By Tess Strokes | February 12, 2019 | Lifestyle
The legendary backcountry ski huts around Aspen are the direct descendants of a Bauhaus legacy.
Opa’s Taylor Hut is the newest addition to Aspen’s Braun Hut system.
Atop Smuggler Mountain, two cabins sit honoring the late Aspen architect Fritz Benedict and his wife, Fabi, the spiritual parents of the 10th Mountain Division Hut system. Benedict, along with a small group of Aspenites, modeled the Colorado hut system after a century-old version in New Hampshire and the huts of the Alps. Trained by renowned Bauhaus architect and artist Herbert Bayer, Benedict blended nature and architecture, especially within the 10th Mountain system. The newest Benedict Huts were designed by Aspen architect Al Beyer in the late ‘90s.
In addition to the 10th Mountain huts, Aspen’s own Braun Hut system began more than 30 years ago with a few rustic alpine shelters built to service backcountry skiing. Each hut has been remodeled since, (think: south-facing decks, expansive views, electric lights and solar panels), all designed by the same Beyer.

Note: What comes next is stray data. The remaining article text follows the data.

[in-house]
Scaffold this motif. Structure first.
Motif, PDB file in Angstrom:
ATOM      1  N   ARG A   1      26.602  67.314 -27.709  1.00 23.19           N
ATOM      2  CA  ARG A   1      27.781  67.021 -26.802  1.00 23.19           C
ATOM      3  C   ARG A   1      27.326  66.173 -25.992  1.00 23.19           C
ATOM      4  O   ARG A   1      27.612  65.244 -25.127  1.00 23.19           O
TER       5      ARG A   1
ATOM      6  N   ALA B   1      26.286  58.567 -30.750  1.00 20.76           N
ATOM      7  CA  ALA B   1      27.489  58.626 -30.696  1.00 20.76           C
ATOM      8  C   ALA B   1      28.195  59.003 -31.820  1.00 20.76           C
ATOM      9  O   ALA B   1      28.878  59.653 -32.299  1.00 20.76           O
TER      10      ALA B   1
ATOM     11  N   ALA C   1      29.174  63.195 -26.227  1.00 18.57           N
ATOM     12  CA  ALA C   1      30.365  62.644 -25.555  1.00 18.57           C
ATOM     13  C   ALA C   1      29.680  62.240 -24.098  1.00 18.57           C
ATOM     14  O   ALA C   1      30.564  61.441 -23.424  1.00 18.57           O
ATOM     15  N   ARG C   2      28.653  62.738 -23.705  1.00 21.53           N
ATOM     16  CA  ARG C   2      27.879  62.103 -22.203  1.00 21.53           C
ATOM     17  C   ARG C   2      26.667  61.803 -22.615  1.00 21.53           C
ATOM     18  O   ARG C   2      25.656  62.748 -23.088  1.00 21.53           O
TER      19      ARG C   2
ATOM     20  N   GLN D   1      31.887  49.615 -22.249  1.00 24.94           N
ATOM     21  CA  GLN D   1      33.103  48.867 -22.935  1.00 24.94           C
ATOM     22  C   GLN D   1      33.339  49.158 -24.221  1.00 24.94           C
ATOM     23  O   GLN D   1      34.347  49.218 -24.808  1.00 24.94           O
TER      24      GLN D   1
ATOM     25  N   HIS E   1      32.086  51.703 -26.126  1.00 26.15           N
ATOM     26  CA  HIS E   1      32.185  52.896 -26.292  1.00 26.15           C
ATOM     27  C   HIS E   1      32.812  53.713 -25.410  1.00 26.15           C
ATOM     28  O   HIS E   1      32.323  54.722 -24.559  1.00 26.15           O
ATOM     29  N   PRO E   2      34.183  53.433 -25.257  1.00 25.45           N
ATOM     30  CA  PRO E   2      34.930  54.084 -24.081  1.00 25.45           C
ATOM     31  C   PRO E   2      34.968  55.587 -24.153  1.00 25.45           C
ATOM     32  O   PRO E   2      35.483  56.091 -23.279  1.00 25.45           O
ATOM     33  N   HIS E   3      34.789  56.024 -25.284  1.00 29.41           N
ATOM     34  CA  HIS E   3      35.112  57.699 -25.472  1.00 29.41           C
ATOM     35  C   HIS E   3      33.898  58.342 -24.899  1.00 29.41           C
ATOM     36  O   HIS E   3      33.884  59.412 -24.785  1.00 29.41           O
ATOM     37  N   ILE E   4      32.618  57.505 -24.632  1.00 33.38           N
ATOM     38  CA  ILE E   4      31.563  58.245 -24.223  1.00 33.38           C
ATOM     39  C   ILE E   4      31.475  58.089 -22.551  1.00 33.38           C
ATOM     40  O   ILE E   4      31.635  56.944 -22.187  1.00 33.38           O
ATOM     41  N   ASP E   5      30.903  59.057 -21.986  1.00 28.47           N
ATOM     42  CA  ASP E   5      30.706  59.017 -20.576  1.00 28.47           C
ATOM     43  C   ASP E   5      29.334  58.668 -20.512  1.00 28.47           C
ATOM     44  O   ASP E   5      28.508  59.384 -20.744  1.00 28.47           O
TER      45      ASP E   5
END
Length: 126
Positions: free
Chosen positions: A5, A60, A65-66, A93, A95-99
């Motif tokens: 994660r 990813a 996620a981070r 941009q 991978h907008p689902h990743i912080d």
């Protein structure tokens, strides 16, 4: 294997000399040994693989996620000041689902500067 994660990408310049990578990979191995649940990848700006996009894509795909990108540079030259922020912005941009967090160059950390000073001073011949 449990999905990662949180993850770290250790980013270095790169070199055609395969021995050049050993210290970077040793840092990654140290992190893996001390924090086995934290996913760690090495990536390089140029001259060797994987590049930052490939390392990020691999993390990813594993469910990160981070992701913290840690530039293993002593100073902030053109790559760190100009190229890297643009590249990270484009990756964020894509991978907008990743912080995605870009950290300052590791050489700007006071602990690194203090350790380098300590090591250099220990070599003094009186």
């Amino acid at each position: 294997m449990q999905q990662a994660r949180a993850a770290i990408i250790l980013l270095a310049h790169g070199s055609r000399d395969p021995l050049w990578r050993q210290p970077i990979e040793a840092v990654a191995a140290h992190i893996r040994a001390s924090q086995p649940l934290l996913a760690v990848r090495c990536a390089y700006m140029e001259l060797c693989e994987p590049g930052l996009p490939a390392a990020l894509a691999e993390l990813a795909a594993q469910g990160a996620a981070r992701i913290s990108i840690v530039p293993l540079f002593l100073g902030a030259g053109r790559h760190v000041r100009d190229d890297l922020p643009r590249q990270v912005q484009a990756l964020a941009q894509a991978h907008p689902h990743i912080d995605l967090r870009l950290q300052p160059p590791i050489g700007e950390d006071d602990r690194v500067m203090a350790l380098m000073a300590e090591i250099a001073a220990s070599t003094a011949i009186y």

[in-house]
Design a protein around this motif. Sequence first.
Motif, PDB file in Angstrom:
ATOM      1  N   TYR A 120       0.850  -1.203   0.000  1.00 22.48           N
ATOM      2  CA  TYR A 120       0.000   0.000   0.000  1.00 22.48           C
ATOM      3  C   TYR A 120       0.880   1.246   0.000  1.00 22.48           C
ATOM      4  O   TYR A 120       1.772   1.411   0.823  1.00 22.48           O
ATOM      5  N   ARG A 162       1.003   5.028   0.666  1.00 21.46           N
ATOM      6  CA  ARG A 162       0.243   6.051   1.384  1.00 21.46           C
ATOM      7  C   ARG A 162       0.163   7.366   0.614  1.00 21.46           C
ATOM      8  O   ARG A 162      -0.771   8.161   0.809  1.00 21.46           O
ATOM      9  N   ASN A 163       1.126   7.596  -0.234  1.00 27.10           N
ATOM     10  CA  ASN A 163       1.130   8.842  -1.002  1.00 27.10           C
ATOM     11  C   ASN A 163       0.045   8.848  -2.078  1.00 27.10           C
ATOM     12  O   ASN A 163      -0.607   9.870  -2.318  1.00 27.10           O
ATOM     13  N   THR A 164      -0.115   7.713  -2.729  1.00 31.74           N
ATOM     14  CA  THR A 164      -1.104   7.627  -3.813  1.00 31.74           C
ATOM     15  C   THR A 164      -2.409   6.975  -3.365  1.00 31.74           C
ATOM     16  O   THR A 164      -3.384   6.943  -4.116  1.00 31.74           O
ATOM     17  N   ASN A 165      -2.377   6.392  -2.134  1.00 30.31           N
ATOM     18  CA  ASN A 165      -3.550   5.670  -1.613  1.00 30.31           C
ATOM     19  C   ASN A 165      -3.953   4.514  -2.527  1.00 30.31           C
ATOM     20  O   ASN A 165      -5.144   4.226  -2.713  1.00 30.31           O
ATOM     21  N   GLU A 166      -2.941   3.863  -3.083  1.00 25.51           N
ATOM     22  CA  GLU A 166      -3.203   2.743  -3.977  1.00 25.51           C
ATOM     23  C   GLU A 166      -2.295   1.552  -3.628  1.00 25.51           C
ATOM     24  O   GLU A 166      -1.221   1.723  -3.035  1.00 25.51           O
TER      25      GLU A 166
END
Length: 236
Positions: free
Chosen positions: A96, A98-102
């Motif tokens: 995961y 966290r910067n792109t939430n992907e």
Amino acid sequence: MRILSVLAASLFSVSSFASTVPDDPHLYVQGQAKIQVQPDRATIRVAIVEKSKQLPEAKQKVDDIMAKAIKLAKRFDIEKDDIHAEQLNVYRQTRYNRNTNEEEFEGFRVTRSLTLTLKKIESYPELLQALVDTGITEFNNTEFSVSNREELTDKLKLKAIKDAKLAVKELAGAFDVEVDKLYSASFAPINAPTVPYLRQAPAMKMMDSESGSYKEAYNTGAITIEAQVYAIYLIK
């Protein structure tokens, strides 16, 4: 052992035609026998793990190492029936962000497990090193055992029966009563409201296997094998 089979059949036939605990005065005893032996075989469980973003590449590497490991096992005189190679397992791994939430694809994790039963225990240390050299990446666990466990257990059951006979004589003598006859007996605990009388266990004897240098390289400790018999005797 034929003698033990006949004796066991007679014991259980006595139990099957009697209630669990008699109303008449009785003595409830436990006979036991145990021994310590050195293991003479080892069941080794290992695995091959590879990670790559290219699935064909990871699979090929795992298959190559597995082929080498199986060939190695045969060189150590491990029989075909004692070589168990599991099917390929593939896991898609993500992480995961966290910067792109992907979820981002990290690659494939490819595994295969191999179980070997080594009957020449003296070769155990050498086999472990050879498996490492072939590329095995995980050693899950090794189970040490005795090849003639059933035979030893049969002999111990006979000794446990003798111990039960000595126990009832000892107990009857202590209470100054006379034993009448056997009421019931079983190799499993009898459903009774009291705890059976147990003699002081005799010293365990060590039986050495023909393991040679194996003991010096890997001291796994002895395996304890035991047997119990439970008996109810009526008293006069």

In the vein of Bauhaus, function dictates hut design. “Just as cabin life is a stripped-down version of life, everything in a hut needs to be elemental and functional,” says Beyer. His firm designed the newest hut in the Braun system, Opa’s Taylor, a stunning structure anchored in granite at almost 12,000 feet, just out of view from Taylor Pass. While the Forest Service required the simple shed roof, the aesthetic, with its interesting lines, overhands and thick wooden beams that somehow project a lightness, is as inspiring as the views.
“Cabin allure is universally regarded… whether it’s a cottage on the lake, a hut on a mountain, a hunting cabin or a cabana on the beach, there is something resonant for folks in a small efficient space connected to a bigger outdoor environment that’s usually shared with friends or family,” says Beyer. “For architects, the allure of a small, hut-scaled place is the challenge to make it really work—not just make it bigger, for example—and the freedom of space to allow the design to interact with the landscape.”
PHOTO BY DEVIN POOL